We must make it our aim to preach the Gospel, to bear witness of the cross of Christ, and yield fully to the Spirit of God and ask Him to enable us to do His task. Where? Right where we live.


We should seek to apply 2 Timothy 2:2. We should train other men, from within our congregations, whom we will do gospel ministry together with. Men who meet the qualifications listed in 1 Timothy 3, Titus 1, and 1 Peter 5. These men should learn by observing our lives and how we faithfully live out the gospel. They will help us do what is suggested by the authors. This is what the puritan Richard Baxter did: personal house to house discipling.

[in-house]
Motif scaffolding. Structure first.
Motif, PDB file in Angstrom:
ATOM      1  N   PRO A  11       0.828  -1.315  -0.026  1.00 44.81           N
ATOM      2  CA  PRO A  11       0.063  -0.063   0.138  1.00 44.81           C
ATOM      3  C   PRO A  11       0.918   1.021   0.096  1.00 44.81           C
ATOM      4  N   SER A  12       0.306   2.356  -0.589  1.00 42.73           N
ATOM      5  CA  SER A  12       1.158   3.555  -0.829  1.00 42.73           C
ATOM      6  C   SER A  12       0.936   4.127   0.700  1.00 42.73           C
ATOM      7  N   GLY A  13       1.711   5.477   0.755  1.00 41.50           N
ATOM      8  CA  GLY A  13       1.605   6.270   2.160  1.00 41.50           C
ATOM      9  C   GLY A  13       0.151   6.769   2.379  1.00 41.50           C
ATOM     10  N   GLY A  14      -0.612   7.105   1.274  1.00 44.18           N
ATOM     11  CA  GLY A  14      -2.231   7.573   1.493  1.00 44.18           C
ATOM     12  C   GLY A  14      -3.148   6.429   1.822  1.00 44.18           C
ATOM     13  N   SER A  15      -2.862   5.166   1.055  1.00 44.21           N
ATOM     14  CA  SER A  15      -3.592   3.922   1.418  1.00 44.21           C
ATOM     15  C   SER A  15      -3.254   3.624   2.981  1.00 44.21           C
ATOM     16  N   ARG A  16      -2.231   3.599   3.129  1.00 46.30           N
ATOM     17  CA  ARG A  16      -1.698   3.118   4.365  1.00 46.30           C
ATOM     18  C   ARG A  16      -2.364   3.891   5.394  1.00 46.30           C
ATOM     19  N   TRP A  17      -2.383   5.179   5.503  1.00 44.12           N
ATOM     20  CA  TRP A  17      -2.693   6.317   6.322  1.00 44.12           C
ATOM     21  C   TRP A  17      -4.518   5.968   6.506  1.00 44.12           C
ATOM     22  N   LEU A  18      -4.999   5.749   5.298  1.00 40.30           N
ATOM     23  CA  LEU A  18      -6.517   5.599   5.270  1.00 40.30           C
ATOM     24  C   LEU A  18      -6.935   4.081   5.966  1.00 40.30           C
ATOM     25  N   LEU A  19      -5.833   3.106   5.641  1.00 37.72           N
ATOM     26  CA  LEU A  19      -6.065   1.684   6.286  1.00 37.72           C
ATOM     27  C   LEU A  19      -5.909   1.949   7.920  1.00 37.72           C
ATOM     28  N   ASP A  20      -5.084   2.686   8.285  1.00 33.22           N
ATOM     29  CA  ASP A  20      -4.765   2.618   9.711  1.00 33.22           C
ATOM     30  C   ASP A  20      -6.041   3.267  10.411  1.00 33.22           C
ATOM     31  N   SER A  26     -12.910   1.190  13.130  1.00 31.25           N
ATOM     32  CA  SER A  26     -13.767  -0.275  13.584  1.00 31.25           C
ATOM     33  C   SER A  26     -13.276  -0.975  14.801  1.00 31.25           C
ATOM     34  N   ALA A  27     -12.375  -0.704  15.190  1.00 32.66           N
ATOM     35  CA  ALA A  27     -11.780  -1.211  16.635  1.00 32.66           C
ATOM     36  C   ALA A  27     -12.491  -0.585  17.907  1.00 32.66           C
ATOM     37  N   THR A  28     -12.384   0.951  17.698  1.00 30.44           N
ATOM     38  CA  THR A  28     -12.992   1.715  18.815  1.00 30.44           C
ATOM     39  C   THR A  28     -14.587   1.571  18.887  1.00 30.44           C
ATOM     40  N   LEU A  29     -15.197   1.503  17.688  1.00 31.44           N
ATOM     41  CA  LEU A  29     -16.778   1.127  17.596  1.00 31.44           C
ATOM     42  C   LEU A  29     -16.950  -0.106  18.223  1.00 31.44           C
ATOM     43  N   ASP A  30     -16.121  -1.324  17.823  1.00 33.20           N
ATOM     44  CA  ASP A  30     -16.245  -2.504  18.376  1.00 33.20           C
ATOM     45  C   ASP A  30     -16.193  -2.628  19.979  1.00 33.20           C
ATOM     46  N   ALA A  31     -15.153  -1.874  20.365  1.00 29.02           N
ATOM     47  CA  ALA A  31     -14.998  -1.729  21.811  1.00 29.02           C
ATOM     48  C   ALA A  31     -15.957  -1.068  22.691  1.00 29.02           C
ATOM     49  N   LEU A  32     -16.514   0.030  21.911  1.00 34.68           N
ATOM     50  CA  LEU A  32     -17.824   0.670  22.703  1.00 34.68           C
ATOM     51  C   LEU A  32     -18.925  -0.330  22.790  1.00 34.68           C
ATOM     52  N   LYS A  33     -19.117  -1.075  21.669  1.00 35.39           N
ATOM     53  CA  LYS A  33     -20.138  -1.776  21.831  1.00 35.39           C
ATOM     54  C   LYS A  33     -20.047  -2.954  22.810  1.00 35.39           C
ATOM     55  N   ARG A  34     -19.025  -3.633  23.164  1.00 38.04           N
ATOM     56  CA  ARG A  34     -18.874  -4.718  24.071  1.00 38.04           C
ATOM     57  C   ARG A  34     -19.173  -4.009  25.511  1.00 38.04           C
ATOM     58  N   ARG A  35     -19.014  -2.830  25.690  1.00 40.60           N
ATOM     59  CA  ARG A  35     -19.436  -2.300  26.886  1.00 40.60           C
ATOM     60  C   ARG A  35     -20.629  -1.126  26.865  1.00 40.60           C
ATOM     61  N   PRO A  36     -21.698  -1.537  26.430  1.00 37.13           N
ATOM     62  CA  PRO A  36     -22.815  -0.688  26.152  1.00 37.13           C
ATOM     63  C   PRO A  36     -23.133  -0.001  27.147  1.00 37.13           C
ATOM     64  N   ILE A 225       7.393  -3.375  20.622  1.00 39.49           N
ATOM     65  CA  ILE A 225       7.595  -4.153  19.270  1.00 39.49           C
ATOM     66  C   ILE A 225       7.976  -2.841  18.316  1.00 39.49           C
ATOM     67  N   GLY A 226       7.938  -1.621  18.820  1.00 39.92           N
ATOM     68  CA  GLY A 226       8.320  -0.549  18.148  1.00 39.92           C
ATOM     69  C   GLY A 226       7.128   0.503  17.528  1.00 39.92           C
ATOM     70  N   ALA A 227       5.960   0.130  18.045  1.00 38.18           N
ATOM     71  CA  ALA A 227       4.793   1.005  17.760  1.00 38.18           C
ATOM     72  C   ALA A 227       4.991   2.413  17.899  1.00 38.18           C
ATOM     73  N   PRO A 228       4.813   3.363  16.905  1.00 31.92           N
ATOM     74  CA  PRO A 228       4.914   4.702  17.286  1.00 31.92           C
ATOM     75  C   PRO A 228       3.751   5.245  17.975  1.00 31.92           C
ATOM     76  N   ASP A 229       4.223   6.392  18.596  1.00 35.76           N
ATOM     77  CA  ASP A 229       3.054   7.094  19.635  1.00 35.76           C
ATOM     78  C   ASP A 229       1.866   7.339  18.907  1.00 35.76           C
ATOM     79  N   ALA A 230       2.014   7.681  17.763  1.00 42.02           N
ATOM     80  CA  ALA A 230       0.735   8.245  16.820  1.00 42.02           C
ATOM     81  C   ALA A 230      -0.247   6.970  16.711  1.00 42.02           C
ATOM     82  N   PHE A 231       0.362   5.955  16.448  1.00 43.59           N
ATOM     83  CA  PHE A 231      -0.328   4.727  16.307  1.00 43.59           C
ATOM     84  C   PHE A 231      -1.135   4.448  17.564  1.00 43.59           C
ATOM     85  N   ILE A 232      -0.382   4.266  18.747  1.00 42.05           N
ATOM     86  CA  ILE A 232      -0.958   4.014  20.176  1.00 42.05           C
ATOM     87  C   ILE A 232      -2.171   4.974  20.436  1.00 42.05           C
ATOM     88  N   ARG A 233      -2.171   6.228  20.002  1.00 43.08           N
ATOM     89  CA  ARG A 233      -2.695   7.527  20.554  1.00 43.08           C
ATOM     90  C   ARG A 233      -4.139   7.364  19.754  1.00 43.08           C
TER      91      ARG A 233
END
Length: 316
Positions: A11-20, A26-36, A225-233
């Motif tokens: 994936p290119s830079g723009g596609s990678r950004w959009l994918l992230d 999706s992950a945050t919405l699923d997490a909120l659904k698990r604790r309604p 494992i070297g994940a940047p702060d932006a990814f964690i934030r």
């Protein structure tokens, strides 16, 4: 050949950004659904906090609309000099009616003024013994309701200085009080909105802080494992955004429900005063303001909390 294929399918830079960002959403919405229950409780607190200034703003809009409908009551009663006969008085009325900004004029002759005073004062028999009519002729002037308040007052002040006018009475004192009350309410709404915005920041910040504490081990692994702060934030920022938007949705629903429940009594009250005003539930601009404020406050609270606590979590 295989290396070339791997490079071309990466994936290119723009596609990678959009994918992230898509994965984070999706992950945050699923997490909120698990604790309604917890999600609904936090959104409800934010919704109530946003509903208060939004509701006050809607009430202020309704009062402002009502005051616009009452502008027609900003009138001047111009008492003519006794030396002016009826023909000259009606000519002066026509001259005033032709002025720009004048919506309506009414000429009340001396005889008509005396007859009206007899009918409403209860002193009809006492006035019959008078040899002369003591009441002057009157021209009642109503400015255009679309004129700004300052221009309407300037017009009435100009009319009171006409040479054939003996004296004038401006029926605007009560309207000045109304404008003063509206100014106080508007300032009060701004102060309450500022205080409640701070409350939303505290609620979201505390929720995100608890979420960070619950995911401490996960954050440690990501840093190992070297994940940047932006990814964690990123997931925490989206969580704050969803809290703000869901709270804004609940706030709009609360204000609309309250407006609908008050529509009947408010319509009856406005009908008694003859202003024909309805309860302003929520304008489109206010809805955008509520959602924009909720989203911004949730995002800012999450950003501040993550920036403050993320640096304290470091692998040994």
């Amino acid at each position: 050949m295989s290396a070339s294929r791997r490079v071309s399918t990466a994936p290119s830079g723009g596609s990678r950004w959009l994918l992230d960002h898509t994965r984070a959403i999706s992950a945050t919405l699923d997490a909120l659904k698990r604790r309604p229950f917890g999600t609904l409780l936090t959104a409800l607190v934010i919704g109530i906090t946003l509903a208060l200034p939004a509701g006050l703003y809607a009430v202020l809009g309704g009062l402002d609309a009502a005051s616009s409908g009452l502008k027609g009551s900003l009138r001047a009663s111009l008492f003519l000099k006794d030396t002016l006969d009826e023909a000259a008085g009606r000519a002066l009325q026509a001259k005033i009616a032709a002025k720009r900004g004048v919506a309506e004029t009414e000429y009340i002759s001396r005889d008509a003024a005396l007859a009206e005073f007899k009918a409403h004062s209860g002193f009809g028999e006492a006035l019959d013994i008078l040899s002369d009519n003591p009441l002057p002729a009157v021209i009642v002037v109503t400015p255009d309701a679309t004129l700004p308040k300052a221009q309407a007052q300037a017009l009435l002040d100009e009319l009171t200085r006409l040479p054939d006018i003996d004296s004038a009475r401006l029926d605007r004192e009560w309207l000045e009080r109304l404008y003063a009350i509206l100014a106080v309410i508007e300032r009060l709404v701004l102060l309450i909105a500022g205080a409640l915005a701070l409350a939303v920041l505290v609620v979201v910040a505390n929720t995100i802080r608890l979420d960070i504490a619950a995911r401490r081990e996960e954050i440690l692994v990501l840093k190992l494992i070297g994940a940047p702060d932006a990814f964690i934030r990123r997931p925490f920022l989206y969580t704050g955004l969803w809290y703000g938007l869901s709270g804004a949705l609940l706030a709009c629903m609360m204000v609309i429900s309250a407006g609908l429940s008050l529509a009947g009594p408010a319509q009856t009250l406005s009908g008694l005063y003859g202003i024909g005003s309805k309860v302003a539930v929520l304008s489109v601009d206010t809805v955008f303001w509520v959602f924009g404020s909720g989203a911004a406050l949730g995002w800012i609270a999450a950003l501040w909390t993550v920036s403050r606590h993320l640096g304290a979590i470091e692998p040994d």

Application: For Times of Pandemic

At the writing of this review, South Africa is in level 5 of the disaster management lockdown regulations. This means that churches are not allowed to exercise their freedom to corporately worship, nor can pastors meet one-on-one with church members or men to train them to do personal house to house discipling. But in God’s providence as I thought about this book, published in 2009, I remembered what the authors said about a situation we find ourselves in. The say:

Imagine that the pandemic swept through your part of the world, and that all public assemblies of more than three people were banned by the government for reasons of public health and safety. And let’s say that due to some catastrophic combination of local circumstances, this ban had to remain in place for eighteen months. How would your congregation of 120 members continue to function—with no regular church gatherings of any kind, and no home groups (except for groups of three)? If you were the pastor, what would you do?